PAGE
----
[Chandler-dev] Proposal/Call for volunteers/Brain dump:
Showing reminders when Chandler isn't running
Phillip J. Eby
pje at telecommunity.com
Wed Jul 5 21:46:38 PDT 2006
At 06:08 PM 7/5/2006 -0700, Grant Baillie wrote:
>One commonly found Calendar feature that we'd like to implement is
>the ability to have reminder dialogs for events be displayed even
>when the Chandler GUI isn't visible (see https://
>Presumably, this would be something users could turn on and off, lest
>we be accused of propagating some kind of CPU-hogging virus :). It's
>unlikely we'll have time to do this in the Î±4 time frame, but I'd
>like to request comments and/or propose some ideas for how we could
>get this done.
>Also, since I'm somewhat of a Mac guy, and solving the issue will
>probably require different behaviours on Windows & Linux, it would be
>good to enlist the help of people who know the other platforms well.
>For instance, there may be OS-specific services that I'm not aware of
>that could be helpful here. The main technical stumbling block that I
>see is one that probably has a platform-specific answer:
>+++ How do we make sure that some kind of background process or app
>runs whenever the user is logged in?
Have you considered just using the OS's scheduling facilities to run things
when they're actually scheduled? That way, the program wouldn't need to
run all the time.
Of course, in the limit case you could just run something like a "sleep"
command followed by the notifier. That at least would be very low resource
>[[For instance, on the Mac, you can add a "background" app to the
>user's list of login items; in 10.4 (Tiger) there may be a way to
>leverage launchd. I know there's a Service facility on Windows you
>can use to launch background processes, though I'm not sure if this
>would be the right thing to be using. What's the story with Linux?
>Probably there are mechanisms in KDE/Gnome... ]].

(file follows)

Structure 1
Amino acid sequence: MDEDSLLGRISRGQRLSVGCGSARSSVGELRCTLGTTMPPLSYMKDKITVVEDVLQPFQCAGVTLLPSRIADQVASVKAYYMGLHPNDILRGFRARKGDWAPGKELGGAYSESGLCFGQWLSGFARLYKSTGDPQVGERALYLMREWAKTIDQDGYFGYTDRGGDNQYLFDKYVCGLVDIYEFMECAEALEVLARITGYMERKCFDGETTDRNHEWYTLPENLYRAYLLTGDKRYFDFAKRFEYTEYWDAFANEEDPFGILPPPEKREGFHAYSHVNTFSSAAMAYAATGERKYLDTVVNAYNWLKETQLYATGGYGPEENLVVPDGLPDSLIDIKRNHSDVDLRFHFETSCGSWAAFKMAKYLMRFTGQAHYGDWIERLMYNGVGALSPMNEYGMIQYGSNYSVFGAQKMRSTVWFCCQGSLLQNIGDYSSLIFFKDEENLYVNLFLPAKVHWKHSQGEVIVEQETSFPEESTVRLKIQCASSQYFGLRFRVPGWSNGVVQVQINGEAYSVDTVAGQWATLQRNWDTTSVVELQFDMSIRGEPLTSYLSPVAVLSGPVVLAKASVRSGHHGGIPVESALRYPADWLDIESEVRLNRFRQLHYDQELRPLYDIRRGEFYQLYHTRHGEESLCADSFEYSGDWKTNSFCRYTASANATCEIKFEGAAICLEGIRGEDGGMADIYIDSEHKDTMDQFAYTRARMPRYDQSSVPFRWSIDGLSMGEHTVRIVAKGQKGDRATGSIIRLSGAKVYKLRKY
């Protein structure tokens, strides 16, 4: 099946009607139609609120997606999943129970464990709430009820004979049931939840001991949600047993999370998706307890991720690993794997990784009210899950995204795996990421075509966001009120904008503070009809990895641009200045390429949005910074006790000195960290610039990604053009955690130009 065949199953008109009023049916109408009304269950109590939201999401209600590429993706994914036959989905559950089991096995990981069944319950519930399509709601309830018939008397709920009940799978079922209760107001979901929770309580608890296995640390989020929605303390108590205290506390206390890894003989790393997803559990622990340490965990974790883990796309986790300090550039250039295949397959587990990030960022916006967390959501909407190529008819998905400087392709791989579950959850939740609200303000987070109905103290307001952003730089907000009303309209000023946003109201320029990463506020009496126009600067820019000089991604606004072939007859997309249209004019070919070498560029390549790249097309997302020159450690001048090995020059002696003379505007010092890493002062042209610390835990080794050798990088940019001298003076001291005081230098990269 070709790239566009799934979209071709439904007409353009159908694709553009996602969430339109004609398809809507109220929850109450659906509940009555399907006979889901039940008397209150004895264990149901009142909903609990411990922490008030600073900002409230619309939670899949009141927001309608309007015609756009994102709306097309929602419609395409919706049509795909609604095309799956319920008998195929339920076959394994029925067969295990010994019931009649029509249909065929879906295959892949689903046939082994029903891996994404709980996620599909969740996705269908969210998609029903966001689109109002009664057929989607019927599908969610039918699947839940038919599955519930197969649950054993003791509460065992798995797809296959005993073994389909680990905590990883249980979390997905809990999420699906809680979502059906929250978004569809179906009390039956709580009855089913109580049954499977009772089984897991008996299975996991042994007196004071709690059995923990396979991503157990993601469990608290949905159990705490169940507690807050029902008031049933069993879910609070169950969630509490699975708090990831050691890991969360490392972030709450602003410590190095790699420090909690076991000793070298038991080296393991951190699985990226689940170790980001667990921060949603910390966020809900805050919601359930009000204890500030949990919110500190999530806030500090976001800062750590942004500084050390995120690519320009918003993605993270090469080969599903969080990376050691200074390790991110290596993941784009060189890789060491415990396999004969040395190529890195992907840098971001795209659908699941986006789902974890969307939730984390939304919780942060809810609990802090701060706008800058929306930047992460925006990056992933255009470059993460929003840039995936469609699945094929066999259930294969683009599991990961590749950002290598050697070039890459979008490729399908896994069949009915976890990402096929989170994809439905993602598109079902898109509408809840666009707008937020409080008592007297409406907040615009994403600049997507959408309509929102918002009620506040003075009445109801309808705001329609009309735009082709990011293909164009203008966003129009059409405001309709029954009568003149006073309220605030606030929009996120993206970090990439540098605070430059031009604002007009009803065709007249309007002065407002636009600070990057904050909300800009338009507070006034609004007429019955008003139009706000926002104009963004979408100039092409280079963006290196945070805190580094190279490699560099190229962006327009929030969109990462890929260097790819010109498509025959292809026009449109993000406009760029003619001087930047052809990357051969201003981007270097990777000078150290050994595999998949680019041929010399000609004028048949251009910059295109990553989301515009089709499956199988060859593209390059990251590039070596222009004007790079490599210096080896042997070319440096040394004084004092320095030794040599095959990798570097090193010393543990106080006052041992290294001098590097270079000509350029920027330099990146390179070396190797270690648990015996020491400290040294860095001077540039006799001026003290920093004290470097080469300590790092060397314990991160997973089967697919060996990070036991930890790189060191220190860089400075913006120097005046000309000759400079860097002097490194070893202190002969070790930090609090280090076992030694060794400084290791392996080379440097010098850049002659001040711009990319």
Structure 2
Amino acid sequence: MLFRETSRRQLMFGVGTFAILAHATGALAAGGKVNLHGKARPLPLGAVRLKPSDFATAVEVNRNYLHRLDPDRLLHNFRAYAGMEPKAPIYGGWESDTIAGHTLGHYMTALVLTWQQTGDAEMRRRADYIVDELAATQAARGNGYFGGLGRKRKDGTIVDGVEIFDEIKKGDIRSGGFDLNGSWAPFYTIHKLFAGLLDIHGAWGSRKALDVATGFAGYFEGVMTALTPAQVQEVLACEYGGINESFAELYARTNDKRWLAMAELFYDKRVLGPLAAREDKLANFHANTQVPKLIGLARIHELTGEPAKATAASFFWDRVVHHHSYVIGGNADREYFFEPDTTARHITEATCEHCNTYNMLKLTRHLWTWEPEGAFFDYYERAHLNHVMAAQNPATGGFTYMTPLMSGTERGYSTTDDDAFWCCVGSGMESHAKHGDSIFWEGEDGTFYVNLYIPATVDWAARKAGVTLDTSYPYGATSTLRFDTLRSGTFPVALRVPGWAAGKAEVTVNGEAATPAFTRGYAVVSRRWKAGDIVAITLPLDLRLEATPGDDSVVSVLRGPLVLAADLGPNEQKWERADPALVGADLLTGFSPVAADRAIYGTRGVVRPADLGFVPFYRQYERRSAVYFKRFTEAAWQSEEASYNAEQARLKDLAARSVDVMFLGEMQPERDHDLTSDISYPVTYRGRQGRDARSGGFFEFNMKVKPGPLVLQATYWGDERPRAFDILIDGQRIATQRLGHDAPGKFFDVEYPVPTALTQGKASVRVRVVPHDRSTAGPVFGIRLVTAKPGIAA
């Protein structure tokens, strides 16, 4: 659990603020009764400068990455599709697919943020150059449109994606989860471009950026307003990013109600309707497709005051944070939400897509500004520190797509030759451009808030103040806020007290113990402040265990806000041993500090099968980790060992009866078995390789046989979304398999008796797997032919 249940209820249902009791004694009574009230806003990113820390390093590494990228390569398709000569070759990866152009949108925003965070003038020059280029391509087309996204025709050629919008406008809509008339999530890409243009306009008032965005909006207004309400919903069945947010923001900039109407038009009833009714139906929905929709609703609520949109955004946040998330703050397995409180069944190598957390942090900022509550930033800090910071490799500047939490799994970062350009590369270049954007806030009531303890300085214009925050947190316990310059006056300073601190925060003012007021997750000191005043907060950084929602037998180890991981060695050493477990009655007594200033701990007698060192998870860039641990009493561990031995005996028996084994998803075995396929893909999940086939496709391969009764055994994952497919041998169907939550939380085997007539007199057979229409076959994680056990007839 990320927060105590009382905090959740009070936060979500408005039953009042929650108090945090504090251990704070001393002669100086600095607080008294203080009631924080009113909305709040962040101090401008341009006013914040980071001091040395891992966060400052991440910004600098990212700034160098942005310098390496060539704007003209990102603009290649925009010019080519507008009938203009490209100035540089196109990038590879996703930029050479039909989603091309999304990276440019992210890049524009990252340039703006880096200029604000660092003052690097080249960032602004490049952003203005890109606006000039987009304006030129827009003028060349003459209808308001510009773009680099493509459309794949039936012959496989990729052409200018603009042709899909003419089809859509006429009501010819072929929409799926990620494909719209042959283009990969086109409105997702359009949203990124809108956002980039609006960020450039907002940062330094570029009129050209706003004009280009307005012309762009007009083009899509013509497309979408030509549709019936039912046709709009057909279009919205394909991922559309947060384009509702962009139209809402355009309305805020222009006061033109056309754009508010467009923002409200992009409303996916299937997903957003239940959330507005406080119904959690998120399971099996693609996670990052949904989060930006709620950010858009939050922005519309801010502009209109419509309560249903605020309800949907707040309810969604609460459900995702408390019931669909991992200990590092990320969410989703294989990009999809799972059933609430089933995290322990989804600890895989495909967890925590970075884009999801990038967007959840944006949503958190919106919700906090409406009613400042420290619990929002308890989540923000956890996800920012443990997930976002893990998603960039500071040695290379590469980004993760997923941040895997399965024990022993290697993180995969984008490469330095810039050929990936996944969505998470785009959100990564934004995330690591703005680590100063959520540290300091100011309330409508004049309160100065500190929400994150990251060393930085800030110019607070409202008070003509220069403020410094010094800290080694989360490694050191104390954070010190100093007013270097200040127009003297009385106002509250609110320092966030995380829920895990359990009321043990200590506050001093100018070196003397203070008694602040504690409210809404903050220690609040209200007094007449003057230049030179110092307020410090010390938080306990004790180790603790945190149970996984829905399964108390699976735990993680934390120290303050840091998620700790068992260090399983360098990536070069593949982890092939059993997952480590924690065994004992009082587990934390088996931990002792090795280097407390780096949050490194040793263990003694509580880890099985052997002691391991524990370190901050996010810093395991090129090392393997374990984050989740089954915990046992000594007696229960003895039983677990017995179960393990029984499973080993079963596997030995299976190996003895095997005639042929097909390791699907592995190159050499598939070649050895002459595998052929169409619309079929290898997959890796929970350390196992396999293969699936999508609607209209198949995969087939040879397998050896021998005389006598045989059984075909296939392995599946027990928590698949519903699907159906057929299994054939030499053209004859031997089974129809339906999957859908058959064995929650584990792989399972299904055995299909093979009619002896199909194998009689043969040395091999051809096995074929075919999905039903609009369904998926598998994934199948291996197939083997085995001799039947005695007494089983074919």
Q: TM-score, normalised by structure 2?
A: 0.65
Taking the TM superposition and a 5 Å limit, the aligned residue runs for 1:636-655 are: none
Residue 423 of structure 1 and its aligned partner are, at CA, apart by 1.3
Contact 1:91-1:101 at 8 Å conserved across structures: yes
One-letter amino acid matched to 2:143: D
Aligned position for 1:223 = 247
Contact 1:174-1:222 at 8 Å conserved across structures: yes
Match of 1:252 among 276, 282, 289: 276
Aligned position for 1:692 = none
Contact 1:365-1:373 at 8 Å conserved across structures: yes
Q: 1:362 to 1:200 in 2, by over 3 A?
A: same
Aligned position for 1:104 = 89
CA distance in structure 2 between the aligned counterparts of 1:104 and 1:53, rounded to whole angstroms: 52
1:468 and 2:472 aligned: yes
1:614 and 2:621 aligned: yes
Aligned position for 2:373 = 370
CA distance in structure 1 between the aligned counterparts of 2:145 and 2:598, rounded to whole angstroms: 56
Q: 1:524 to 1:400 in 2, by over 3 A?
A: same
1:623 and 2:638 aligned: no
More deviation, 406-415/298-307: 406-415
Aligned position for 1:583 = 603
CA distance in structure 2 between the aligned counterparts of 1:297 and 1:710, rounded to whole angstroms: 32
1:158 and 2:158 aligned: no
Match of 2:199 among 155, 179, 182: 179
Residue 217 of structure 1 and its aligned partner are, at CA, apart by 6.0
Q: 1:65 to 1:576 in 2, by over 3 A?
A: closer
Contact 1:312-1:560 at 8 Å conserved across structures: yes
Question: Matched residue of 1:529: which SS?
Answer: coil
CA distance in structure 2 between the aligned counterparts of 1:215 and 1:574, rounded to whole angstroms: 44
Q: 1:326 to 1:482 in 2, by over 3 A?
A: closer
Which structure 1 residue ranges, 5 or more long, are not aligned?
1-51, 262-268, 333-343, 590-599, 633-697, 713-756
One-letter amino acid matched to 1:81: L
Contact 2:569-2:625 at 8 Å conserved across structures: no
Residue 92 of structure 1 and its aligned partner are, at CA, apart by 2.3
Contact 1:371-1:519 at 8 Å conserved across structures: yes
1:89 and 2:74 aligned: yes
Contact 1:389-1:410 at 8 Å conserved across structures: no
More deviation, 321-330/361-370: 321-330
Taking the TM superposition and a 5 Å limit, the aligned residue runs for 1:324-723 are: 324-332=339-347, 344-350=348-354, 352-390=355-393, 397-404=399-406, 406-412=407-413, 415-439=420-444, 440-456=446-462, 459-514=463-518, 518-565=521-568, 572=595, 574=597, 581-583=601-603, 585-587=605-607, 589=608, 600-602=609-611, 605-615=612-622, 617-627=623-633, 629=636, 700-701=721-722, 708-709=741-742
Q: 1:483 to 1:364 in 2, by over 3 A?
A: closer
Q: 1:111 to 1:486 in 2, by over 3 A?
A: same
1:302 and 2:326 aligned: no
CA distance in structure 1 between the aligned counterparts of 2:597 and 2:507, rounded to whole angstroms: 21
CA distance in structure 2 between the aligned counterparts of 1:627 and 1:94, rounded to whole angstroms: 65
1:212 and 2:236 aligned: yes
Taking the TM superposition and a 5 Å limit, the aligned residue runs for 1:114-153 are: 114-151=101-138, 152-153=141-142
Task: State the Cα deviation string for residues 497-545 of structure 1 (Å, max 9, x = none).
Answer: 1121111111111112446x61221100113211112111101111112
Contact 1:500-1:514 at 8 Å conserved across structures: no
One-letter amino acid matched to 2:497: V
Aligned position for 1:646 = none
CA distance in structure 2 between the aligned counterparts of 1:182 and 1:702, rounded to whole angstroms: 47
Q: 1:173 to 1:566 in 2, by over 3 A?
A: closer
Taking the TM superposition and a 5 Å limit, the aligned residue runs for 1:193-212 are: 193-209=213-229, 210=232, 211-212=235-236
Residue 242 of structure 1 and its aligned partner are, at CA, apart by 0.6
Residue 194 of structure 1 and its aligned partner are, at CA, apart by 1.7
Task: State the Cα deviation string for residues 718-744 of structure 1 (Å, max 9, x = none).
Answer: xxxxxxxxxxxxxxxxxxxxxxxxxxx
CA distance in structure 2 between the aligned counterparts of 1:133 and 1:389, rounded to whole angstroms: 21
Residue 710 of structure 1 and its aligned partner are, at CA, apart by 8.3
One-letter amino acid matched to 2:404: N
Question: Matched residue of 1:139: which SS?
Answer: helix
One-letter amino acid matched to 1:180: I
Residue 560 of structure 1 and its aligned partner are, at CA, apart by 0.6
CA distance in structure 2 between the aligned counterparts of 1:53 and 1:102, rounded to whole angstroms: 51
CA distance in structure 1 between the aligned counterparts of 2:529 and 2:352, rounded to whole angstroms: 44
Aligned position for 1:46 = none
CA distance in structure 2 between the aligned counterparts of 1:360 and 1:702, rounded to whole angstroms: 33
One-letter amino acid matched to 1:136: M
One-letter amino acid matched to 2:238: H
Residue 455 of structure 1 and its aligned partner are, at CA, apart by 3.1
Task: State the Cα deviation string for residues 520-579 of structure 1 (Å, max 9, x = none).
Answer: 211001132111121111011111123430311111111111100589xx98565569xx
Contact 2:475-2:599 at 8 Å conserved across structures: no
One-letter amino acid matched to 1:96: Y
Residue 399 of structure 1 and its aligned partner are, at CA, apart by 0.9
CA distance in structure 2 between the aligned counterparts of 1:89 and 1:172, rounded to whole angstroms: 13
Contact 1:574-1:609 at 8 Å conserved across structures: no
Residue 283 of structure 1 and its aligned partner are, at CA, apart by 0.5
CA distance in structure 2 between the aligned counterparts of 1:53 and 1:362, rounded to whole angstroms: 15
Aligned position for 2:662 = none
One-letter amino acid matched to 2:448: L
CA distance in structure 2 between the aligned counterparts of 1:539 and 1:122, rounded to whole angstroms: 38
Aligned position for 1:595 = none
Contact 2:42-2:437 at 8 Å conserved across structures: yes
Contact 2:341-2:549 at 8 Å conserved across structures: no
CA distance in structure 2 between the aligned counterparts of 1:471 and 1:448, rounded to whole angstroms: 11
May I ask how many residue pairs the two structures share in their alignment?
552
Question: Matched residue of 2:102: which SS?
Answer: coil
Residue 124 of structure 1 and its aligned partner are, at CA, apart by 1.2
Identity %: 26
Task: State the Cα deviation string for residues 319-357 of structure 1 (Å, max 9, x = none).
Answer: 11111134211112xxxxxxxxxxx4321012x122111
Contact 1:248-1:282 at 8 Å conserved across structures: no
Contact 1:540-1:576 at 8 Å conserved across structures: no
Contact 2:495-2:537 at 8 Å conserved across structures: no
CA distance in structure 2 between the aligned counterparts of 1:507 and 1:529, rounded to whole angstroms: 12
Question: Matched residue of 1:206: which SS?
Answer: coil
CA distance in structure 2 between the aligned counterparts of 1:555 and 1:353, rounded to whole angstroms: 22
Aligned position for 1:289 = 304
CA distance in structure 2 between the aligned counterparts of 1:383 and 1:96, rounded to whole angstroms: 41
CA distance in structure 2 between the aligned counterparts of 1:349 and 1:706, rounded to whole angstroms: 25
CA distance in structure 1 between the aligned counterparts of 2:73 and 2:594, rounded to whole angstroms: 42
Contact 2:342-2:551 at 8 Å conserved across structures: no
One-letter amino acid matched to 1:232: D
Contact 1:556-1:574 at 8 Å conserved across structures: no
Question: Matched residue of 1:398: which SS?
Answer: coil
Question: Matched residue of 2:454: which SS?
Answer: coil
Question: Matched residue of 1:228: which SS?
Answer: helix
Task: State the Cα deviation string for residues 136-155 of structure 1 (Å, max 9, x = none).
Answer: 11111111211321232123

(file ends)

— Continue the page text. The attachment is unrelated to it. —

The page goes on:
I'm not sure if services are something that launch at login or not, but I
do believe that normal Windows startup entries ought to work.
>2) Have two processes, but have the background daemon not use the
>repository at all. (Maybe we're worried that people will try to store
>their repositories on volumes that don't support file locking, or
>something). Instead, the two communicate via a config file and/or
>named pipes or something (insert sound of two hands waving profusely
XML-RPC, perhaps? :) Actually, a relatively simple IPC technique would be
to just dump reminder files in a directory, renaming them from a temporary
name when their content is completely written. The reminder program just
reads the directory to see what files are there, and reads files it hasn't
seen. If a reminder's date has passed, it deletes the file. The files
have to be uniquely named, and also contain an identifier to allow changes
to be processed. (Because if there's a schedule change, you can't just
rewrite the original file; the directory is a message queue, not a
database.) This approach is *very* robust, as the two processes don't have
to be running at the same time to communicate, there are no locking issues
and nothing that can be corrupted, and it should be able to work correctly
even on Windows. :)
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